Now we add up the data from all of our benchmark applications: single- and multi-threaded alike. The overall performance of AMD's eight-core flagship remains uninspiring.
A look at average power consumption doesn't give AMD anything to brag about.
The grand total of FX-8150's consumed energy is quite close to the Phenom II X6 that preceded it. We compute an efficiency score and wind up with this:
Surprise, surprise: at the same frequency, AMD's FX is slightly more efficient than the old Phenom. However, because it runs at a higher clock rate, it consequently gives up most of its efficiency advantage. Moreover, the performance per amount of energy used doesn’t show much improvement, either. In other words, the efficiency (performance per watt) of AMD's Bulldozer architecture is basically the same.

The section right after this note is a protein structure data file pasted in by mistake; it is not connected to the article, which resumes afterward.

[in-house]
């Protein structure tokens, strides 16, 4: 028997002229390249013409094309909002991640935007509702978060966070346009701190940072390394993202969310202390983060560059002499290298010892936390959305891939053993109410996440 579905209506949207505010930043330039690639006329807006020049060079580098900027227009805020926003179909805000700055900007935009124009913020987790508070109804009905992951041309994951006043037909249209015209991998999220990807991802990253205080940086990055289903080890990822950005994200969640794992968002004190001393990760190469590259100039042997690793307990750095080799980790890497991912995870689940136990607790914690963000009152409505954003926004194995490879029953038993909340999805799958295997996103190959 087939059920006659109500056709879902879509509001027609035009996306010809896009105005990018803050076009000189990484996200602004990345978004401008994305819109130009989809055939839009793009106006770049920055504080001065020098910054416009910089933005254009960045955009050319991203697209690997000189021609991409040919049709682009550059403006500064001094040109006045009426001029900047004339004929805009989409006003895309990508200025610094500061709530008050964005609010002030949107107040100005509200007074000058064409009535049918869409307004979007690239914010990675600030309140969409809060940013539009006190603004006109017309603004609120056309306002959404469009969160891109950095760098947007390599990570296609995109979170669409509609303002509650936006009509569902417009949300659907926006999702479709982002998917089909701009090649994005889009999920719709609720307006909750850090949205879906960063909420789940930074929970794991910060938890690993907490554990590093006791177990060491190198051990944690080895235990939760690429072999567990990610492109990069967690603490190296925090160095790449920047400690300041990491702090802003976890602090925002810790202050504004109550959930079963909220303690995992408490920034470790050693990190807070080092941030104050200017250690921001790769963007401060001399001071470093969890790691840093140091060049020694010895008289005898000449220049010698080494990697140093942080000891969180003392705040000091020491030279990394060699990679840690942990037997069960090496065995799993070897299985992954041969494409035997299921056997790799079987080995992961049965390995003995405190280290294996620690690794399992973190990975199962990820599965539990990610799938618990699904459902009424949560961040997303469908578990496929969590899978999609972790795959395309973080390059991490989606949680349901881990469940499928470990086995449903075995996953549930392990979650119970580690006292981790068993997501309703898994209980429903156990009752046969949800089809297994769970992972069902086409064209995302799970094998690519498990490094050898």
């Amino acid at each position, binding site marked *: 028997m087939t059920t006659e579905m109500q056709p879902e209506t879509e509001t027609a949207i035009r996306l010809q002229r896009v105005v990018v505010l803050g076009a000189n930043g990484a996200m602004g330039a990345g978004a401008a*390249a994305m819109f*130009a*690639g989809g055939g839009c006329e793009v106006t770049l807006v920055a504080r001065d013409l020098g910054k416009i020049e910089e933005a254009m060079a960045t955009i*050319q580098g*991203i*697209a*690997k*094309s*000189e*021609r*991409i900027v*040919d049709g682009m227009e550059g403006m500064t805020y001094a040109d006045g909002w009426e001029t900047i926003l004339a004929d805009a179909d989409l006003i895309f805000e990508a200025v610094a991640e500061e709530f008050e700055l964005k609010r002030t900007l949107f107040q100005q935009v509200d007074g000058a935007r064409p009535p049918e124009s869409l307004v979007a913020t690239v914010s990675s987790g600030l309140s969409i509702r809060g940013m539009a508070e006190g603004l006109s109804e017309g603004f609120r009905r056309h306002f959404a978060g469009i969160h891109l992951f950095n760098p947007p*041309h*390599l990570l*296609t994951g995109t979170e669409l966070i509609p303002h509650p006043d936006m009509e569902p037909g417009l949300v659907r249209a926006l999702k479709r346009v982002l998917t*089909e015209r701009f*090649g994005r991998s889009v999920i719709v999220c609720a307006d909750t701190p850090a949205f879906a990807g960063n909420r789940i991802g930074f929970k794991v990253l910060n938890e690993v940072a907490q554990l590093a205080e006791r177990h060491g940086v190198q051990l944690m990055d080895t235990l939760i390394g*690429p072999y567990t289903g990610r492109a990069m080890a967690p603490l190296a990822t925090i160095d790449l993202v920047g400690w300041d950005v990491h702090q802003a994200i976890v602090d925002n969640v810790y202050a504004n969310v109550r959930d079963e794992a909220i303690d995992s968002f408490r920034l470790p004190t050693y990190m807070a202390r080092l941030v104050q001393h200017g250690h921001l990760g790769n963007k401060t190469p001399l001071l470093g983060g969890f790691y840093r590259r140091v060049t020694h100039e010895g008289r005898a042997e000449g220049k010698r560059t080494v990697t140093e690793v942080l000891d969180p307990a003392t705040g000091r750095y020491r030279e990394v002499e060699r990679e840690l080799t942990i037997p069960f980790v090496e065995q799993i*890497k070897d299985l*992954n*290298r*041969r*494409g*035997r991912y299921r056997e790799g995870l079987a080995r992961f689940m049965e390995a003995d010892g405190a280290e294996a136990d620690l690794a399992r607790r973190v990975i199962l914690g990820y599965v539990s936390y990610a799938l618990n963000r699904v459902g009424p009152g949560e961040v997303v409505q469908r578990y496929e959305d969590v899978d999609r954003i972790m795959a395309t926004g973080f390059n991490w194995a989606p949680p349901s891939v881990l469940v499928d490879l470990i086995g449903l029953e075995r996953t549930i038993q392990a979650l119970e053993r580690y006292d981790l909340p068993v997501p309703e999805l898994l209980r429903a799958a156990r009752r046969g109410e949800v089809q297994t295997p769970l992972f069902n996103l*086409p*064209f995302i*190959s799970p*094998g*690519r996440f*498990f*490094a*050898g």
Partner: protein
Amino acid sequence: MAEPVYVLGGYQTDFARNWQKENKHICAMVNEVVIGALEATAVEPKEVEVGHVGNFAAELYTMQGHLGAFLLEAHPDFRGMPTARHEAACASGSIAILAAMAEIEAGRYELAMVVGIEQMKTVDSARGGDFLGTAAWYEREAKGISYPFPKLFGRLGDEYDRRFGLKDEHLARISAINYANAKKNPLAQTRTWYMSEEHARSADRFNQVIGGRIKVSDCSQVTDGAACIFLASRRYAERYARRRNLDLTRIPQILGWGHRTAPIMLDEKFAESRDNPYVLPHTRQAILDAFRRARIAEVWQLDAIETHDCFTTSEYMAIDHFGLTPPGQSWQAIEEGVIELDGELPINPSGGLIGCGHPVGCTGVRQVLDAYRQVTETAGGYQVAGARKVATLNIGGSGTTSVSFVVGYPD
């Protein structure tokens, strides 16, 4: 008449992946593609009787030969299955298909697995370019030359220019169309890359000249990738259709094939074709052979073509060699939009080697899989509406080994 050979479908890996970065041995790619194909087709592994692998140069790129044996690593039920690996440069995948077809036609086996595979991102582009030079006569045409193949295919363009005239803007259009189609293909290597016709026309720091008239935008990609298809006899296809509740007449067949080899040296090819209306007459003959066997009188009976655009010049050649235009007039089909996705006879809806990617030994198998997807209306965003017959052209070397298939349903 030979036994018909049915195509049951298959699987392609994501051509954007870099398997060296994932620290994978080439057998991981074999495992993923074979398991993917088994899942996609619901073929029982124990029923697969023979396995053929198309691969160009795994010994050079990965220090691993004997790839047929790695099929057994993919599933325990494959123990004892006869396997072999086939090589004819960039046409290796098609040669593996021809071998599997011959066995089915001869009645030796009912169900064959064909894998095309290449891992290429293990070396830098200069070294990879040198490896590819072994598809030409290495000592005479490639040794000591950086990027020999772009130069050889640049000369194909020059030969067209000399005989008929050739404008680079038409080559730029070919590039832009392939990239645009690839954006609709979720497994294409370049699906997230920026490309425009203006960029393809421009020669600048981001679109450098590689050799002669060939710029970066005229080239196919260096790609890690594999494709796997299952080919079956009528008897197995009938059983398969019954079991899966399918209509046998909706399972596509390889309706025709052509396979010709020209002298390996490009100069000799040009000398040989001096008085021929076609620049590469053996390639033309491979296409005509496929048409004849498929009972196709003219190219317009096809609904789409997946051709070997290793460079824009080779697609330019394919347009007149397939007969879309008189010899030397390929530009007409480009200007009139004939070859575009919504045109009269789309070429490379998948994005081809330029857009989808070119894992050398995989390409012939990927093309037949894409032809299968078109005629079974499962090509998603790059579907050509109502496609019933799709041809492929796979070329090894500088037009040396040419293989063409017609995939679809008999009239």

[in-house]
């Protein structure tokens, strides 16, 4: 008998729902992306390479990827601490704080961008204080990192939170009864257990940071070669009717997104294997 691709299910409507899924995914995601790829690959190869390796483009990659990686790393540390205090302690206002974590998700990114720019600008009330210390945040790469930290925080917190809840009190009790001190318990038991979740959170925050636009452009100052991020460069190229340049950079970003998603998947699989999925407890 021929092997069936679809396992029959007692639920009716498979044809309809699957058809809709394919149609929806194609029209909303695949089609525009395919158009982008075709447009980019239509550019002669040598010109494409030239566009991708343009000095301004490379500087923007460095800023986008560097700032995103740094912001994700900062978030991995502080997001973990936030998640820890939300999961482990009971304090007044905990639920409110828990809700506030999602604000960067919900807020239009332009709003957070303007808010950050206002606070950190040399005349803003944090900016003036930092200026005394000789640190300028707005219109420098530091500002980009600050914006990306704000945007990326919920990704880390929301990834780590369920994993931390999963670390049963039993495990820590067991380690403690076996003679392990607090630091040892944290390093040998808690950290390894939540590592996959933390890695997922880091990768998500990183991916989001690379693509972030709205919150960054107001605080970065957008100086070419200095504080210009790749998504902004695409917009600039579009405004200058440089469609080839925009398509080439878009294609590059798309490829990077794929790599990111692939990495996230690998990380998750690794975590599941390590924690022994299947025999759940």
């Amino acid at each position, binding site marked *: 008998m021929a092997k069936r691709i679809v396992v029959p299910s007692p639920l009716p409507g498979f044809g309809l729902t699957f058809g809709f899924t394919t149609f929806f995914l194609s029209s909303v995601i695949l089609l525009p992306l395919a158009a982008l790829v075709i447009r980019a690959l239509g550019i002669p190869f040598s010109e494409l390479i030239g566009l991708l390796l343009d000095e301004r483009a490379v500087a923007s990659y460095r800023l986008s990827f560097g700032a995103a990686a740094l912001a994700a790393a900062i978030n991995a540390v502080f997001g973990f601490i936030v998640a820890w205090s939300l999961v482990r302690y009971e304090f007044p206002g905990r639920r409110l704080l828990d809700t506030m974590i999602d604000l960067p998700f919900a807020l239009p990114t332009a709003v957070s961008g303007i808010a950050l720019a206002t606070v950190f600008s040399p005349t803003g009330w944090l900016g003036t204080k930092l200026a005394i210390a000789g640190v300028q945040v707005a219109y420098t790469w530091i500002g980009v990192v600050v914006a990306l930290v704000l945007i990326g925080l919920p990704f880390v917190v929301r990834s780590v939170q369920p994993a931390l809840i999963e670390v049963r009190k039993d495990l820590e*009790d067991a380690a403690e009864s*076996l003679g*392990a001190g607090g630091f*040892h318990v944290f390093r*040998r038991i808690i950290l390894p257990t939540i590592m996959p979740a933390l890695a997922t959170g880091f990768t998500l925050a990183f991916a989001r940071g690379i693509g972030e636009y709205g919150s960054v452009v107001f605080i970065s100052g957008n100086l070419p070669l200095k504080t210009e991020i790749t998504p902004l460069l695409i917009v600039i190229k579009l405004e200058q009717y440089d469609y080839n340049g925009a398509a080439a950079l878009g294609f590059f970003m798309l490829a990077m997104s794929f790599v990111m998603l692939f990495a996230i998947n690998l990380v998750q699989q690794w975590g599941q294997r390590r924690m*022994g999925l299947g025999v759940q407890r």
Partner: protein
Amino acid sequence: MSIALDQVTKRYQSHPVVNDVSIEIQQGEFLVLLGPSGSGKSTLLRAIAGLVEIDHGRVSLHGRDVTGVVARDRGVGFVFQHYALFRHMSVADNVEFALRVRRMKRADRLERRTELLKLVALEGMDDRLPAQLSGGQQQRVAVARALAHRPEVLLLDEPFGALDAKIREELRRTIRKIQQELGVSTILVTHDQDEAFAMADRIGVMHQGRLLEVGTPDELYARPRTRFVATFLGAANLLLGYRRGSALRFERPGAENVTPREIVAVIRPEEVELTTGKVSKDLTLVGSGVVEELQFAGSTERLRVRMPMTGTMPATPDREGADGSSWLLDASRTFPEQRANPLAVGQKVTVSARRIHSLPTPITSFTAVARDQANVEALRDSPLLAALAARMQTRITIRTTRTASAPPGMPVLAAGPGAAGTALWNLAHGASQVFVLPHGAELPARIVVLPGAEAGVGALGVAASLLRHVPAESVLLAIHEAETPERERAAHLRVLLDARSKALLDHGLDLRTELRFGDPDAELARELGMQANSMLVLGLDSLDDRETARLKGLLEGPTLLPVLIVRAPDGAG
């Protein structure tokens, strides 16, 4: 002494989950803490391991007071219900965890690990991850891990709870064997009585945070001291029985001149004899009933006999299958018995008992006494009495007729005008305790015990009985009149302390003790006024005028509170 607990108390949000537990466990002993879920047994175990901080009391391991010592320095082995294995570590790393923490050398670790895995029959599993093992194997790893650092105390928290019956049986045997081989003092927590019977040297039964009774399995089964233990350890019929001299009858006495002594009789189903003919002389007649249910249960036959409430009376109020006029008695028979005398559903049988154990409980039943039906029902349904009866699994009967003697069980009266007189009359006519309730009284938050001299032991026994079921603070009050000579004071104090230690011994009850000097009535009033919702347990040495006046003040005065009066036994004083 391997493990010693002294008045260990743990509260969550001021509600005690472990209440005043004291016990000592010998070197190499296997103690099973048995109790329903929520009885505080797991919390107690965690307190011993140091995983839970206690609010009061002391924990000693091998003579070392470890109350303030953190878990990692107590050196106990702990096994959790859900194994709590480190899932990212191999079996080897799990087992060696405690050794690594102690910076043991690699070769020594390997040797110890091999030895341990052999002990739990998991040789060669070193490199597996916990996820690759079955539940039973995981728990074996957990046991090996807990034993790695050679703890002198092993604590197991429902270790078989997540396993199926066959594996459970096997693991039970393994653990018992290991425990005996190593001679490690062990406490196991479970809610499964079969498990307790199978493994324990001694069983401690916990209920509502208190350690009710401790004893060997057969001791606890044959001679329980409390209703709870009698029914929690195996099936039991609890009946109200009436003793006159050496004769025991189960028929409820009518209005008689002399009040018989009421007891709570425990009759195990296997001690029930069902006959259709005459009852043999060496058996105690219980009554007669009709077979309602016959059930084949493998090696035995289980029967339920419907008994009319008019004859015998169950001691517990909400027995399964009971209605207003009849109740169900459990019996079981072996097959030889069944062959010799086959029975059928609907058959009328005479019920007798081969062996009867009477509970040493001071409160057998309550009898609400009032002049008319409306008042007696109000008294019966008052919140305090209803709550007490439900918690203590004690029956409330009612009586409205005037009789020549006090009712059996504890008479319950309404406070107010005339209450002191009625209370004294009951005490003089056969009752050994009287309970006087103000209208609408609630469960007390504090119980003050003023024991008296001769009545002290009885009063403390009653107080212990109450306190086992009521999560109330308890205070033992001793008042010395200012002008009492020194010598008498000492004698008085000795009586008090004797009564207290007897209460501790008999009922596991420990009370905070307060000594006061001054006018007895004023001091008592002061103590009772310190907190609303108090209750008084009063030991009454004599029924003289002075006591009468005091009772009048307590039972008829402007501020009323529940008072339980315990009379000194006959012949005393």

The efficiency chart shows a summary of the whole efficiency test run, the power consumption at each time marker, and the total time for each CPU. The Intel Sandy Bridge-based Core i5/i7 models can’t be beat, regardless of whether you're using discrete graphics or not. The brand new FX processor (and AMD's older models) end up finishing alongside CPUs that were launched months and years ago.